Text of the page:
urally, the weakness of the Russian Emperor is well un-
derstood, though all are reticent regarding it. The only
open utterances are those attributed to one or two of the
older European diplomatists, who lament being sent on an
errand which they fear is to be fruitless. One of these
is said to have bewailed this mission as a sad ending
to his public services, and to have declared that as he
liad led a long life of devotion to his country and to its
sovereign, his family might well look upon his career as
honorable ; but that now he is probably doomed to crown
it with an open failure.

May 18.

At two o'clock in the afternoon the conference held its
open session at the * * House in the Wood. ' ' The building
is most interesting, presenting as it does the art and
general ideas of two hundred and fifty years ago; it
is full of historical associations, and the groves and gar-
dens about it are delightful. The walls and dome of the
great central hall are covered with immense paintings
in the style of Rubens, mainly by his pupils ; and, of these,
one over the front entrance represents Peace descend-
ing from heaven, bearing various symbols and, appa-
rently, entering the hall. To this M. de Beaufort, our
honorary president, the Netherlands minister of foreign
affairs, made a graceful allusion in his opening speech,


expressing the hope that Peace, having entered the hall,
would go forth bearing blessings to the world. Another
representation, which covers one immense wall, is a glori-
fication of various princes of Orange : it is in full front of
me, as I sit, the Peace fresco being visible at my left, and
a lovely view of the gardens, and of the water beyond,
through the windows at my right.

The "House in the Wood" was built early in the seven-
teenth century by a princess of the house of Orange,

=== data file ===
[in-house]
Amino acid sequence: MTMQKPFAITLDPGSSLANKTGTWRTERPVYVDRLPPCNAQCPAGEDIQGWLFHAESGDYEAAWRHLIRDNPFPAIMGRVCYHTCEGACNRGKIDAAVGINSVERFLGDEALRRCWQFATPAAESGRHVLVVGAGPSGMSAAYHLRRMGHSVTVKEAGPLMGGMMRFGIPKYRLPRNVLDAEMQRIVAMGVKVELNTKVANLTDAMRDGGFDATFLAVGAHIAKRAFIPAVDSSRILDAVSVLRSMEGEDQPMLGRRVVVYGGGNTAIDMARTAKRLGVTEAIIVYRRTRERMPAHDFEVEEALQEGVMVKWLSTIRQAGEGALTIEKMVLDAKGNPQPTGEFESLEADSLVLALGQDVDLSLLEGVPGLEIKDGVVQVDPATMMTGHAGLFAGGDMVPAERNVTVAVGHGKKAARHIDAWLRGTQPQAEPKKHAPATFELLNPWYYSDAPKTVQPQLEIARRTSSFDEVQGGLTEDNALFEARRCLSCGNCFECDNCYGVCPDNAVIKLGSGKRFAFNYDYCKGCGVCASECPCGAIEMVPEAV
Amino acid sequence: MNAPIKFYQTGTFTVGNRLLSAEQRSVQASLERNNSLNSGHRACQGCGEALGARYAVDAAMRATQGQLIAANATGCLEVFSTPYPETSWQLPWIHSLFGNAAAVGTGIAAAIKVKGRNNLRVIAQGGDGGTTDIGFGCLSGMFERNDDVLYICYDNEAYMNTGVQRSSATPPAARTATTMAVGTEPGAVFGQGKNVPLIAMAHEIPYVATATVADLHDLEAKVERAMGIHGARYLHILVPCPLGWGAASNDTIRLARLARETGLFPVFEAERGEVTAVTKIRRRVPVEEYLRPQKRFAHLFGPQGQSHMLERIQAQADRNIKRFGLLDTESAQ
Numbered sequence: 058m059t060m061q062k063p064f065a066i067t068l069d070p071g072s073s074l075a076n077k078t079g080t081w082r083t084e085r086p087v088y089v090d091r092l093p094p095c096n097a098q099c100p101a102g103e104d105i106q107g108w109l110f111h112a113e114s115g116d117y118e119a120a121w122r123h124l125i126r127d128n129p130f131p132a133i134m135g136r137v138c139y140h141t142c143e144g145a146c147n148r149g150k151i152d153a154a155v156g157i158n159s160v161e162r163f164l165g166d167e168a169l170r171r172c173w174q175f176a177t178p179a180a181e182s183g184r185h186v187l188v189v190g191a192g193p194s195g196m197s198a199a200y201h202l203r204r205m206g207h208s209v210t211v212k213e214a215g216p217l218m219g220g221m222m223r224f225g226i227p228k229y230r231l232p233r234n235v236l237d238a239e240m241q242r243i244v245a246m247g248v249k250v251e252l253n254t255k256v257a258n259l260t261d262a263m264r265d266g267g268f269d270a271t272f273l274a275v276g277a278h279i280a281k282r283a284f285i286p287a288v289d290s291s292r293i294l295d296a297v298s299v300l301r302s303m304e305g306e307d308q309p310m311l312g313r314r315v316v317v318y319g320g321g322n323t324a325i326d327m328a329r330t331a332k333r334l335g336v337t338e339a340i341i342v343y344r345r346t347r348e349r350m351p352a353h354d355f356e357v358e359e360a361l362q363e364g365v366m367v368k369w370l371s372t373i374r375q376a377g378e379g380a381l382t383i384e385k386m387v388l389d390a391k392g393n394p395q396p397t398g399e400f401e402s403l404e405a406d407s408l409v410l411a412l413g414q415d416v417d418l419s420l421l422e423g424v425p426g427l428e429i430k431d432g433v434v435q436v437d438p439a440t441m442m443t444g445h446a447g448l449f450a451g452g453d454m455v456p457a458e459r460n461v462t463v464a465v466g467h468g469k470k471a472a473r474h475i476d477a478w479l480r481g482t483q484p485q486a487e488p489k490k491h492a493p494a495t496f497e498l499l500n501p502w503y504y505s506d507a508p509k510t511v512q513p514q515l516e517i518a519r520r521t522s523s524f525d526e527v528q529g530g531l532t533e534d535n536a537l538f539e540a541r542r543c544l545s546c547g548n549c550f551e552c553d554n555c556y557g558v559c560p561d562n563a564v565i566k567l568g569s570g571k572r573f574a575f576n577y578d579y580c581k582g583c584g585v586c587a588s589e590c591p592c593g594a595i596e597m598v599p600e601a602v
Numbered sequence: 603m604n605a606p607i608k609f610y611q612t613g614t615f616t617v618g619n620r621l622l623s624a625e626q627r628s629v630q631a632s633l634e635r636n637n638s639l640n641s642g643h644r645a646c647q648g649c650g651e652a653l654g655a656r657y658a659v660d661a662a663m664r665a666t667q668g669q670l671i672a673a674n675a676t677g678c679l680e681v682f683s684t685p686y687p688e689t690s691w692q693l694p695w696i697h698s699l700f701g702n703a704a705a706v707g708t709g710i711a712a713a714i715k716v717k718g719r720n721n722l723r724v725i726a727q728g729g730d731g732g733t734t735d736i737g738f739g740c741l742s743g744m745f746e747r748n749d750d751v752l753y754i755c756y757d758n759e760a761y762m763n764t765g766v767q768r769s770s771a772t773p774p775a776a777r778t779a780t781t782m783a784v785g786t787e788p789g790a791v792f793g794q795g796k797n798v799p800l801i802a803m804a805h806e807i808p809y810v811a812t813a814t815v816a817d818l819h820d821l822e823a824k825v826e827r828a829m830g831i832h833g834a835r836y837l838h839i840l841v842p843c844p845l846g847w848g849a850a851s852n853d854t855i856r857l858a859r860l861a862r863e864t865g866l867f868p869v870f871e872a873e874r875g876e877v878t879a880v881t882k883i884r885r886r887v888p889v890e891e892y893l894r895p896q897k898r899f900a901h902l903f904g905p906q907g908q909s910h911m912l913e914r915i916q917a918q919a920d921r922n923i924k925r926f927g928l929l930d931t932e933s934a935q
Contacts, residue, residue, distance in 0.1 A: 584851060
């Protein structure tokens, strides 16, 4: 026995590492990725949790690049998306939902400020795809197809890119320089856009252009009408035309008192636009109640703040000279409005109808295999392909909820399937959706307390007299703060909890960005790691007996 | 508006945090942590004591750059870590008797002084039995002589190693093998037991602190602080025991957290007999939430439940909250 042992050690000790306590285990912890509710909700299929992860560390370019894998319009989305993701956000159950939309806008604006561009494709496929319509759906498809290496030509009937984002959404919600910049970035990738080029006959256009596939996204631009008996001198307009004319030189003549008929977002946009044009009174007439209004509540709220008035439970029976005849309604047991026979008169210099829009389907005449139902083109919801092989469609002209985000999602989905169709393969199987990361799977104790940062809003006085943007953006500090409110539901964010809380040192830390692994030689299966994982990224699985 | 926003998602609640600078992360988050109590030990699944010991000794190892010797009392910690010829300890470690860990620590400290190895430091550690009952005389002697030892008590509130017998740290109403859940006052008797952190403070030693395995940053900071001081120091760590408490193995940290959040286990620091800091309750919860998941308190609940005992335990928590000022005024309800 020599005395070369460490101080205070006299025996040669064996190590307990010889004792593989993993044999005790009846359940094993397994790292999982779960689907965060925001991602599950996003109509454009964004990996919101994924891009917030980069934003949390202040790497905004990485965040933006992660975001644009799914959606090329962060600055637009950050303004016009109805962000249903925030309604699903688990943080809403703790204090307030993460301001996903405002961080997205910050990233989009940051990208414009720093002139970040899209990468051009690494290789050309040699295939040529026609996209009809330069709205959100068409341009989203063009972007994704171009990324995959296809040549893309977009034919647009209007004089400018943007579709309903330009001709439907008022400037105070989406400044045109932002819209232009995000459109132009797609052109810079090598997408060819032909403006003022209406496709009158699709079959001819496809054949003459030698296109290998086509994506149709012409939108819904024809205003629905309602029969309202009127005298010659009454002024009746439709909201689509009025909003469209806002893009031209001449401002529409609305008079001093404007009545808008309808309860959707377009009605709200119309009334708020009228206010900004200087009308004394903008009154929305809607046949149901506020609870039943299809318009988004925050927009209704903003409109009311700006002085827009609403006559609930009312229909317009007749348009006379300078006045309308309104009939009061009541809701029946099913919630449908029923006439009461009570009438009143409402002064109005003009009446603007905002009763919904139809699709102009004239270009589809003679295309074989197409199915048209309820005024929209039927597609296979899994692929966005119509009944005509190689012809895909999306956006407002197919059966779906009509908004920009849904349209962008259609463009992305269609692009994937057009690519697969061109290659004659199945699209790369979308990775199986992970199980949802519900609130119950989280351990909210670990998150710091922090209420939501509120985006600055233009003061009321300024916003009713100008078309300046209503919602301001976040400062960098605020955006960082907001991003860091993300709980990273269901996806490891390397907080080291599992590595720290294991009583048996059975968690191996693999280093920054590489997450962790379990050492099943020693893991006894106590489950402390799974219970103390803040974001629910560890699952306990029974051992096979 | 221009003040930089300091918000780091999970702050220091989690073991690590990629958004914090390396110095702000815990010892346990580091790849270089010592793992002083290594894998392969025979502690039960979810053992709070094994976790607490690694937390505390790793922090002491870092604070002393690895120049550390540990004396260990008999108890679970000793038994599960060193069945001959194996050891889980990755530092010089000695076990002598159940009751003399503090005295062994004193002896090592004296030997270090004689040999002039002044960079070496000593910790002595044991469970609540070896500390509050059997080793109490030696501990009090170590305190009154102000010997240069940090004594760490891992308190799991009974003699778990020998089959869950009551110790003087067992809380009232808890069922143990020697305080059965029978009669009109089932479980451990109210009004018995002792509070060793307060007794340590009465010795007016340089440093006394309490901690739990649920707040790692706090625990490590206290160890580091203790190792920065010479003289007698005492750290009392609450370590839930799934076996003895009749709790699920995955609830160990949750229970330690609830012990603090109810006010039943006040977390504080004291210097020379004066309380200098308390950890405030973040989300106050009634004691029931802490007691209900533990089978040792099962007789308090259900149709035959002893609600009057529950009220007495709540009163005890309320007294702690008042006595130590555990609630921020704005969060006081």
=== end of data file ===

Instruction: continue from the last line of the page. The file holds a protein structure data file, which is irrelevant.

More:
the grandmother of William III of England. The central
hall under the dome, above referred to, is now filled up
with seats and desks, covered with green cloth, very neat
and practical, and mainly arranged like those in an Eng-
lish college chapel. Good fortune has given me one of the
two best seats in the house ; it being directly in front of the
secretaries, who are arranged in a semicircle just below
the desk of the president ; at my left are the other mem-
bers of our delegation, and facing me, across the central
aisle, is Count Miinster, at the head of the German dele-
gation. This piece of good luck comes from the fact that
we are seated in the alphabetical order of our countries,
beginning with Allemagne, continuing with Amerique,
and so on down the alphabet.

The other large rooms on the main floor are exceedingly
handsome, with superb Japanese and Chinese hangings,
wrought about the middle of the last century to fit the
spaces they occupy; on all sides are the most perfect
specimens of Japanese and Chinese bronzes, ivory carv-
ings, lacquer-work, and the like: these rooms are given
up to the committees into which the whole body is divided.
Up-stairs is a dining-hall in which the Dutch Govern-